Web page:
User hack lets you play Oculus Rift exclusives with the HTC Vive
So much for the VR platform wars
Gaming consoles are famously designed to lock out software from competing platforms, and the console wars have raged for decades as a result. With the new wave of VR headsets, it looked like Oculus would do much the same with the Rift.
But with a little ingenuity and some clever coding, Oculus’ best intentions may be moot. Now there’s a way to run exclusive Oculus Rift games and other software on the competing HTC Vive headset, all thanks to a hack discovered and published on Github.
User LibreVR has posted the software, Revive, which is described as a “proof-of-concept compatibility layer between the Oculus SDK and OpenVR” – which is Valve’s open-source API that powers Vive software. Essentially, Revive translates Oculus commands to be interpreted by OpenVR’s API, allowing Oculus “exclusives” to run with the Vive hardware.
So far, 3D platformer Lucky’s Tale and the Oculus Dreamdeck demos are listed to function on the Vive, and Polygon confirmed that both work. It’s a relatively simple process to get both working, requiring little more than extracting a program in the folder for each application.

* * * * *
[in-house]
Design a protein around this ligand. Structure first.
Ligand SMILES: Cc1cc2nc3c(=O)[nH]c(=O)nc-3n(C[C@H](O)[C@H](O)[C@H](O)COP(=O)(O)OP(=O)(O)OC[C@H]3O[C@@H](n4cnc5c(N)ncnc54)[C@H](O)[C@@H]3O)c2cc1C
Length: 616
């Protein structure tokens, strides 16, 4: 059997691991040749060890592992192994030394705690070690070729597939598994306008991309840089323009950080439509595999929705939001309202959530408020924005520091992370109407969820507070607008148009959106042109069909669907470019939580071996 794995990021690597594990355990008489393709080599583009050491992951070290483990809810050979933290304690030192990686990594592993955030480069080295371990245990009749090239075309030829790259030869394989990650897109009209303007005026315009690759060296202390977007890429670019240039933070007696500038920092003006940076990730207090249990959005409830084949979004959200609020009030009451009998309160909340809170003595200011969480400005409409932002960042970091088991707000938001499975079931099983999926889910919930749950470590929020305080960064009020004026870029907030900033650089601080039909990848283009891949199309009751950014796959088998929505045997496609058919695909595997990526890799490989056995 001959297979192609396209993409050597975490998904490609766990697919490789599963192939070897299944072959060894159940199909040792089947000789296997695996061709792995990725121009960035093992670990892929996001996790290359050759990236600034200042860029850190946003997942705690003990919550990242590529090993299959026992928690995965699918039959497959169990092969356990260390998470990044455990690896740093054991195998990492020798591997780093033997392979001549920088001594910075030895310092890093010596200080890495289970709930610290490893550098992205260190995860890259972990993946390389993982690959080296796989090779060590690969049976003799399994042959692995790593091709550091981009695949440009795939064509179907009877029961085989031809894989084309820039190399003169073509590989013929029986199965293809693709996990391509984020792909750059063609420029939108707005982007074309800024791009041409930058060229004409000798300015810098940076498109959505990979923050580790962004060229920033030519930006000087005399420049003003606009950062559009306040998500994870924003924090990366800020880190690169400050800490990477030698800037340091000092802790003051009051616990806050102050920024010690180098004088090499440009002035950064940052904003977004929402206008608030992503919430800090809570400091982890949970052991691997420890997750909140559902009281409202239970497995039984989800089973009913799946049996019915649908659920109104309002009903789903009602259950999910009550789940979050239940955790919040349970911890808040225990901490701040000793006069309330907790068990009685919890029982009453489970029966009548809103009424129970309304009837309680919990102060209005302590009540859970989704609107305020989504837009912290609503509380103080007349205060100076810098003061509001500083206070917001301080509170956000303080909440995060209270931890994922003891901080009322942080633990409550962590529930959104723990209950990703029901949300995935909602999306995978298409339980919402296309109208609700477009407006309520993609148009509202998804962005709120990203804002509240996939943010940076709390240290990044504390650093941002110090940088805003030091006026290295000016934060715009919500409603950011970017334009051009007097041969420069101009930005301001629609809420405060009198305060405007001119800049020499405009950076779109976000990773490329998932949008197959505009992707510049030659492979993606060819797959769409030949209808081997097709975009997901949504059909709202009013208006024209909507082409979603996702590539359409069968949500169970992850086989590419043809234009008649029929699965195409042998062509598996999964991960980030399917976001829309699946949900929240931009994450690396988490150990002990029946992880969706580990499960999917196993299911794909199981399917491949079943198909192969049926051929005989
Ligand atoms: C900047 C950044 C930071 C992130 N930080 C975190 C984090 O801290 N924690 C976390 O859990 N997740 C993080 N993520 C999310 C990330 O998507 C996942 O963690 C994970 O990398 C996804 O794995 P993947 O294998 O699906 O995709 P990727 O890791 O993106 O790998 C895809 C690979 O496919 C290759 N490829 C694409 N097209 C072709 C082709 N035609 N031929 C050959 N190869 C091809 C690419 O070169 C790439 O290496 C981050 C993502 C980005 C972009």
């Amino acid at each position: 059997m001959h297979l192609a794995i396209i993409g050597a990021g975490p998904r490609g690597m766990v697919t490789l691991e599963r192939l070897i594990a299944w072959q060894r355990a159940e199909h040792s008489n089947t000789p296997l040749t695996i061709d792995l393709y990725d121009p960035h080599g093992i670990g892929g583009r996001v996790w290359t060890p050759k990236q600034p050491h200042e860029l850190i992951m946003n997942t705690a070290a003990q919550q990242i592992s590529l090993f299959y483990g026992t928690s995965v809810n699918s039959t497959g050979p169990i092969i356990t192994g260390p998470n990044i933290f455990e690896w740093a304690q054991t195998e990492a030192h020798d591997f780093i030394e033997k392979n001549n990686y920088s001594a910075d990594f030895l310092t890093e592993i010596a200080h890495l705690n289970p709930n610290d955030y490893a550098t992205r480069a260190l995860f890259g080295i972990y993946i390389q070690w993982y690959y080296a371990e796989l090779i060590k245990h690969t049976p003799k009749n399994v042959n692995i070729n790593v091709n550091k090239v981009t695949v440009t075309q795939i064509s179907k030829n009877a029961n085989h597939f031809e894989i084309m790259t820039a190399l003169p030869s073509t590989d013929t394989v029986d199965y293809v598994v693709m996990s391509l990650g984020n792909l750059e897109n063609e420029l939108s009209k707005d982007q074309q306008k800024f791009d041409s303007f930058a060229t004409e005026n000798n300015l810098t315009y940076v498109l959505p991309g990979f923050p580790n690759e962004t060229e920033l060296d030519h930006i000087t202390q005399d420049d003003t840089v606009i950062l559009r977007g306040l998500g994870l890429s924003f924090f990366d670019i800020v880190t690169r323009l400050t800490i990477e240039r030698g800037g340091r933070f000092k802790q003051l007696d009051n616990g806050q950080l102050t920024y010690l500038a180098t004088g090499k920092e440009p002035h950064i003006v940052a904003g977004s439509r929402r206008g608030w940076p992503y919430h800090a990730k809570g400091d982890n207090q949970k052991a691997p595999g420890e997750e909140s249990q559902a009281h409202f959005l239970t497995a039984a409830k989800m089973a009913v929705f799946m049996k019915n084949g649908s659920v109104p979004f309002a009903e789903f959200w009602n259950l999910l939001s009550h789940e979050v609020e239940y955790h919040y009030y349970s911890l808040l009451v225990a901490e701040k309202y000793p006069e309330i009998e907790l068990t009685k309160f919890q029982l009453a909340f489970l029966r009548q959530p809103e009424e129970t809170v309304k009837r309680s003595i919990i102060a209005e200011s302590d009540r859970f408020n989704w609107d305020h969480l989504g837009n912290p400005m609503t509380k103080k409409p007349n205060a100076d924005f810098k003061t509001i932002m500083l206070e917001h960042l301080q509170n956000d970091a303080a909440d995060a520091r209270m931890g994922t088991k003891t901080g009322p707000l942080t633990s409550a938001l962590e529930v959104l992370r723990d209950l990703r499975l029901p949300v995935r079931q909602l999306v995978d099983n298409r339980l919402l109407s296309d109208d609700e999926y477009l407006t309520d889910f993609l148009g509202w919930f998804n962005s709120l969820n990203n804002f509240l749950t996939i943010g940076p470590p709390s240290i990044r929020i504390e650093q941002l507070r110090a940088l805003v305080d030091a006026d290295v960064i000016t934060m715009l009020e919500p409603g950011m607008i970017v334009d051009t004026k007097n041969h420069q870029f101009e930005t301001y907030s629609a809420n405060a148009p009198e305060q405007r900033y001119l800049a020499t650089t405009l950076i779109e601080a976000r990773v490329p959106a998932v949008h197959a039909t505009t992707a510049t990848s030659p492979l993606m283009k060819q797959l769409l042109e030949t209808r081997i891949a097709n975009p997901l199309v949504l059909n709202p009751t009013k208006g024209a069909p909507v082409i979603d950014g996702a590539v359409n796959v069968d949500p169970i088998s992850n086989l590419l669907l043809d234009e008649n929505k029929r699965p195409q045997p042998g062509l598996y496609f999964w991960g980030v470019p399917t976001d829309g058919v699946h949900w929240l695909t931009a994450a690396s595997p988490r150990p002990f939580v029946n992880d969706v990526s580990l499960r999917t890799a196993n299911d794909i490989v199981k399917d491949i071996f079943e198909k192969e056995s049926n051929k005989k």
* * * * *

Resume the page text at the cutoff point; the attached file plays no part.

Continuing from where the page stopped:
Right now, it only works with games that use the Xbox One gamepad, as well as with Windows 8 or 10 PCs. In time, Windows 7 support will be added, along with OpenGL and DirectX12, as well as the Oculus Touch motion controllers down the line.
We’ll have to see if Oculus responds by locking down the current exploits, which seems the likely outcome here, but maybe we’ll be happily surprised by some corporate indifference. Given the brutal Rift delays that early orderers are experiencing right now, this could be a tough blow to Oculus. Then again, new Vive orders don’t ship until June, so… maybe not.
UPDATE (14/4/16): Oculus PR reached out with a comment, stating, "This is a hack, and we don’t condone it. Users should expect that hacked games won’t work indefinitely, as regular software updates to games, apps, and our platform are likely to break hacked software."
In other words, they’re saying that buying a Vive headset to use with Rift games – or conversely, buying Rift games to use with the Vive – isn’t a sure thing, and that Oculus updates could diminish or kill this hacked functionality. Still, coders could always come back with a new solution to overcome any Oculus changes, and it’s likely to be a back-and-forth that continues on for some time.
[Sources: Github via Polygon, Motherboard]
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